28. CONGRESO 1855-1857 (CONVENCION NACIONAL), Actas oficiales y extractos de las sesiones en que fue discutida la Constitución de 1860, 1st. ed. (repr. Lima: Emp. Tip. Unión, 1911), 70.
  29. Fernando Tola, Los Impuestos En El Perú : Ensayo Sobre Nuestra Legislación Tributaria, 1st ed. (repr., Lima: Lib. e Impr. Gil, 1914).

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10 Responses

  1. Hey, Francisco.

    This was a very in-depth and informative article. As others have mentioned, I wish that Indigenous history comprised a broader bulk of the history which we are taught in our schools. So much of their struggle and empowerment threatens to be lost to its annals — and as outline in this article, is integral to the histories of entire nations. Peru continues to suffer the ramifications of colonialism and the maltreatment of its Indigenous populations today. Hopefully, this can be rectified.

  2. Such an informative and interesting article! Very captivating. Honestly I am unfamiliar with this side of Peruvian history and wish I knew more. I knew that Peru had indigenous people yet did not know about the freedom of them due to Castilla. This article gave such great information about freedom and finance. As well as the transition of a country during financial instability. Because of this article it gave great insight into Peru’s history. I loved reading your article. Great job!

  3. I grew up in an area that had a 10% indigenous population (mayan) and i have always heard from older people there stories from the fathers and grandfathers about the taxes and slavery and maltreatment they had to endure with during Spanish and later Mexican rule. This exploit of the native population is not an isolated case and many indigenous people in the americas had to endure this throughout many decades and generations. This well written highly detailed article both showed the financial reason for the conflict with a moral issue, and the suffering that endured. This is seen with many other naive and wish-full thinking in politics and policy in many nations and all through history were a just and well best intention action is then brutally slapped by reality as the financial burden or social pressure created by the solution created more misery and harm to the benefiting party or opposing party than the actual problem they tried to fix.

  4. Indigenous history is probably the most underrated that history books fail to recount. So the fact that this article was so in depth and informative over the Peruvian indigenous people is amazing. The initial image of Ramon Castillas freeing both the indigenous and the african slaves is heart warming at first because we get this sense of him wanting to free slaves. However, he failed to balance out certain issues and ultimately the financial situation became a problem.

  5. Often in the history books, the indigenous peoples of America are relegated to either slaves of the encomienda system or a people who were pushed out. Too often is there never any sign of their social condition getting better nor a reform in their favor. However, in this scenario, we see the push and pull of these conflicts of interest between the economic side effects of colonnial rule and the financial well being of the country.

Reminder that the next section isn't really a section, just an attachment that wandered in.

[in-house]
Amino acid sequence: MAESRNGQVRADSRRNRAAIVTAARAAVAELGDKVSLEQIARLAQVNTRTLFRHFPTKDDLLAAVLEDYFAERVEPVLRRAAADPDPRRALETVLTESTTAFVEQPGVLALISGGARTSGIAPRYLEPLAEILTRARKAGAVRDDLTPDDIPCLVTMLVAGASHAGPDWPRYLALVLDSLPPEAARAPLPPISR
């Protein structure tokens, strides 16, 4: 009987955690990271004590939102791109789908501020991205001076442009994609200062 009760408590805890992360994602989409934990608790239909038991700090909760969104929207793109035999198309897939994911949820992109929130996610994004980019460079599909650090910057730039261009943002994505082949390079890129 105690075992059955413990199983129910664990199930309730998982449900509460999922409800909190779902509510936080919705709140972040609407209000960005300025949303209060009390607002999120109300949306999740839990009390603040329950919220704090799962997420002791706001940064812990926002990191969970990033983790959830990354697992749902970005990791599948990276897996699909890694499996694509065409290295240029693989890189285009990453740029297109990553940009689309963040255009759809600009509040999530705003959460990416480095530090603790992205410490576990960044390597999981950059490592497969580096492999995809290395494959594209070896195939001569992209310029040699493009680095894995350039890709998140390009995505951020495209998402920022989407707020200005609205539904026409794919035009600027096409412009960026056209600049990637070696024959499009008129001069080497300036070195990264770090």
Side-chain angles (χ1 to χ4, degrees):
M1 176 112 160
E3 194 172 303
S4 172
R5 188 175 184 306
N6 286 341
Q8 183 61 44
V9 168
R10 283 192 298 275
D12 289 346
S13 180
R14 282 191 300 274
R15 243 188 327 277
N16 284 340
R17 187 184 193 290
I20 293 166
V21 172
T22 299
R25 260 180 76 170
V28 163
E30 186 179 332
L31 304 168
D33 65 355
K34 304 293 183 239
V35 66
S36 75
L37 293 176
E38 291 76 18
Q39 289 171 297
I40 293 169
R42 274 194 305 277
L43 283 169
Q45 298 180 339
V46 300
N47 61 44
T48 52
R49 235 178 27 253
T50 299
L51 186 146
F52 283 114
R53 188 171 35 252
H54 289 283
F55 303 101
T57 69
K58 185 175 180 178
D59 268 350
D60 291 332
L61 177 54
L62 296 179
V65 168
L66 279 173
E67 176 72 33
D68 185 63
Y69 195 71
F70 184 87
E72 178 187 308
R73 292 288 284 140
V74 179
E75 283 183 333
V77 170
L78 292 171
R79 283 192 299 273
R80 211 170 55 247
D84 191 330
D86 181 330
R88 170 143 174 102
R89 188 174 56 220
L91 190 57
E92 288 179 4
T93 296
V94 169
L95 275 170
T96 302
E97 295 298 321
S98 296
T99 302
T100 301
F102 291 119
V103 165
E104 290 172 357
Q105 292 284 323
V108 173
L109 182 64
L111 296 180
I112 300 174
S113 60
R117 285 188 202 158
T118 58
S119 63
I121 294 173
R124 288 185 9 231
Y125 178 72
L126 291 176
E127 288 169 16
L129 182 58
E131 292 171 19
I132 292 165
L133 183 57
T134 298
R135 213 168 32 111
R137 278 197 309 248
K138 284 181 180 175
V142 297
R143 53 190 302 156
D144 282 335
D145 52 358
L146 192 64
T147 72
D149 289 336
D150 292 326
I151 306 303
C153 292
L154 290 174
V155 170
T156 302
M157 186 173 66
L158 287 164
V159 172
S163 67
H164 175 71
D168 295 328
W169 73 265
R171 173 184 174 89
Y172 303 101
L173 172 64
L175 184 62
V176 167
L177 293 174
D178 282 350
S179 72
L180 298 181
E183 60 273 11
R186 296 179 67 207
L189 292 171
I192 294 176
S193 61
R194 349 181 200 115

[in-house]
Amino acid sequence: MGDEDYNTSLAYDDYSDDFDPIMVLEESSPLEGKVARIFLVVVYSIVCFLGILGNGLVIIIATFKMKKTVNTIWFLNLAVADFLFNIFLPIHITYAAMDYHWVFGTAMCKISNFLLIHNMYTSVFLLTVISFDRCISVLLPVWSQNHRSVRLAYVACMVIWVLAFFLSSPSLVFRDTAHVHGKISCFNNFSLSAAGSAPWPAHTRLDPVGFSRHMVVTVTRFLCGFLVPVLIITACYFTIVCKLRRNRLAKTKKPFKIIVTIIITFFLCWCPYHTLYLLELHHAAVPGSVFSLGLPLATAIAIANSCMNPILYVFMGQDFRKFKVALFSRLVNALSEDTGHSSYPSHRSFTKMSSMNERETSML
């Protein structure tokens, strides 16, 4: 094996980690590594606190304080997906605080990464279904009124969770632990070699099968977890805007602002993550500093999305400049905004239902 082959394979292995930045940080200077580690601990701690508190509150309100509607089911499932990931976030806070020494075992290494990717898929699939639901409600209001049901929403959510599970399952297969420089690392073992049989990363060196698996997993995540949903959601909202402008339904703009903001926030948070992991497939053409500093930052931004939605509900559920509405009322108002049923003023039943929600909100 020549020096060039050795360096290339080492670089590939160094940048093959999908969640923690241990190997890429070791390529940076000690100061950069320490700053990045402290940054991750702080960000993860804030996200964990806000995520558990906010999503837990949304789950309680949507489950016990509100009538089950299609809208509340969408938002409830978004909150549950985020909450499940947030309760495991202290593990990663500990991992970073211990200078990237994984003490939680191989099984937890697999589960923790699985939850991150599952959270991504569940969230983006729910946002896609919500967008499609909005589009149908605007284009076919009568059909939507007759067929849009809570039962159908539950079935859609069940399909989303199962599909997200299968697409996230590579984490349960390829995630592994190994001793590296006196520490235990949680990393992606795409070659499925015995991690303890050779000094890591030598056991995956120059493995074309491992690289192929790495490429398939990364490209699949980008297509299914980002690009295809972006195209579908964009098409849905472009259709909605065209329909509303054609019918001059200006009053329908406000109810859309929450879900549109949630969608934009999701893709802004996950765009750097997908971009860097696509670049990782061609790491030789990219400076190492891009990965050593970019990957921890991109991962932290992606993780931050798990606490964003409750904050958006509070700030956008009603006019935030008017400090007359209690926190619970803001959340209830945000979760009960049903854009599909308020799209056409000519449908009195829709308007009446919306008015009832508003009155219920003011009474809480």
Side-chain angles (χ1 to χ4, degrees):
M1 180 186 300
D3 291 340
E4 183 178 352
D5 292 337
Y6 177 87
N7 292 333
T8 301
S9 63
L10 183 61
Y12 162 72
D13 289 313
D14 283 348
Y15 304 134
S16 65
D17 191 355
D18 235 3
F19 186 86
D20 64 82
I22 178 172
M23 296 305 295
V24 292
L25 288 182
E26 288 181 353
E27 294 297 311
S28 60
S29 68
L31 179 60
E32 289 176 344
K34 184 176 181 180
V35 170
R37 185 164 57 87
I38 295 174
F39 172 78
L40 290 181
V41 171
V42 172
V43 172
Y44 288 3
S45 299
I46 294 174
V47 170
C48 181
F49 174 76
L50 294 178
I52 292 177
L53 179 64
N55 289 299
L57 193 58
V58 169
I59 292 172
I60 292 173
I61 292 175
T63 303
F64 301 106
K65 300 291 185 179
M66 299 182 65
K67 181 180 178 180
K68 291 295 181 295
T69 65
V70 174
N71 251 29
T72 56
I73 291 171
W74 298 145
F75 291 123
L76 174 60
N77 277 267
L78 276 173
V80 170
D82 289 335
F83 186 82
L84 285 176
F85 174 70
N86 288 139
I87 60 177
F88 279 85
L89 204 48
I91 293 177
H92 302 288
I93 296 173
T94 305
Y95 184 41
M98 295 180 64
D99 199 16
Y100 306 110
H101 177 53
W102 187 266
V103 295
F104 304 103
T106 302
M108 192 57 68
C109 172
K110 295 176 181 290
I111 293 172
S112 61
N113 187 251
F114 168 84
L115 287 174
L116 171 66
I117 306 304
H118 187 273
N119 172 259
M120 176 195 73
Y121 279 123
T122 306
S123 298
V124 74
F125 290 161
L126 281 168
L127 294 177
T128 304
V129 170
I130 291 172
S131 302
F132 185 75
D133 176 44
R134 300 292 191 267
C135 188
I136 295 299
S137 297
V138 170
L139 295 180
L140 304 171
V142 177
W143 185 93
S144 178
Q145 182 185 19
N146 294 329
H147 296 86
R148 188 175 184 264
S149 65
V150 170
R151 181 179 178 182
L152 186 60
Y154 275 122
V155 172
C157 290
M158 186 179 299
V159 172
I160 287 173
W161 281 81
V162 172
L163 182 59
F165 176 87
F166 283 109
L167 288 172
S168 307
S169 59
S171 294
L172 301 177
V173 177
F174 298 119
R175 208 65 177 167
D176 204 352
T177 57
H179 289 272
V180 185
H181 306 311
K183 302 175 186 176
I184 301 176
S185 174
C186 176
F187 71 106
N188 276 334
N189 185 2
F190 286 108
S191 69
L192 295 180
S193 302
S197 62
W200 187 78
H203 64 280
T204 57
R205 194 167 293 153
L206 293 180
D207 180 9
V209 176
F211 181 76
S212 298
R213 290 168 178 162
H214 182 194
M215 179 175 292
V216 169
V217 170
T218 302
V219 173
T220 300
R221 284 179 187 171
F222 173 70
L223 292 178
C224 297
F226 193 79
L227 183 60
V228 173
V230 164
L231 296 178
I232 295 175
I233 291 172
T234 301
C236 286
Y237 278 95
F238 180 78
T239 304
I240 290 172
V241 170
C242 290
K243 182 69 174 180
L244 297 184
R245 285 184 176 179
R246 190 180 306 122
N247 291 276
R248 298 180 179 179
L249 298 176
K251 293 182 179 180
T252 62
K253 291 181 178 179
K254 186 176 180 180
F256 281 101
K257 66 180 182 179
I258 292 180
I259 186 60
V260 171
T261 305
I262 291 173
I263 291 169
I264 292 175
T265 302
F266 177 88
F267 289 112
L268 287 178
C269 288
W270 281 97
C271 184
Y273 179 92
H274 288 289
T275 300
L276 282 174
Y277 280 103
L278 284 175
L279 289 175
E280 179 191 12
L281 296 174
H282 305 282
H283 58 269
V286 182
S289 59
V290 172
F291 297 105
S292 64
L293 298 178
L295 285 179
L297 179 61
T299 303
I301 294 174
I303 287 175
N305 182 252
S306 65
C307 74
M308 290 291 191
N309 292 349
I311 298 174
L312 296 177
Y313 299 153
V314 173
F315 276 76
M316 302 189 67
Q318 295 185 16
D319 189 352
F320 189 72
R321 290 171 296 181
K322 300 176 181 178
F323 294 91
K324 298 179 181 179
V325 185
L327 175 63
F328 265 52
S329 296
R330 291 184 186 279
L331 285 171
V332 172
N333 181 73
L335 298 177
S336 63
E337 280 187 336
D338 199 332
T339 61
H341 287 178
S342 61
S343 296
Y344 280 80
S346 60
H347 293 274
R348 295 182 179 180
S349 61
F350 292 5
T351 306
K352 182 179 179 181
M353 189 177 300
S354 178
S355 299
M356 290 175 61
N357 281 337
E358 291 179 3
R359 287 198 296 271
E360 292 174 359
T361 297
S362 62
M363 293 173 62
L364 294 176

6. In the moments of victory and success, anything seems possible and its waves may bring about ideas and changes that are to benefit the benefactors of such a cause. But reality sets in and not everything can be accomplished with naïve thinking. With the abolishment of the indigenous contribution, it may have seemed to be a great course of action morally, but fiscally put Peru towards its path of unrest. And with fiscal problems, political and social situations arise, bringing about an end to the peace that Castilla had managed to obtain for a short while, only to be upended in the future due to the lack of planning and coordination.

  7. I haven’t come across this particular topic before, so it was a quite fascinating and well-explained article to read. Castilla, after he took over the government, abolished the longstanding contribution, which resulted many problems for the finance part of the country, such as debt, violence, and most of the spending going towards wars. Castilla didn’t think of the long-term effects his abolishment would have on the country, and managing the nation’s money must have been his biggest challenge.

  8. This was a very well written informative article! There was a lot of information to take in but I think that just shows how complicated it was to create a fair taxing system for the country. Face financial ruin or run the contributions system. It is hard to create change within such an important part of running a country when there is political leverage at stake. I think that Castilla did not take many things into consideration when abolishing the tax and the fact that he would have to find the money from somewhere to replace the loss. Great article!

  9. Although I had never really heard of this before I found it very interesting. I think when trying to establish a good economic al country one of the toughest and most essential things to consider is money. It was interesting to read how the mismanagement of the guano trade would create a down ward spiral for public debt. Very well written article, very informative. Great job.

  10. I really enjoyed reading this article, and the subject of Peruvian indigenous contributions was a subject I had never heard of before. One of the most difficult things to when running a country is to determine where you will get your money from. It’s likely even more difficult to sever off a form of taxation that makes up a sizable amount of the country’s income. I cannot imagine how difficult it must have been for Castilla to determine how he wanted to handle this predicament between the rights of people and the financial well being of his country.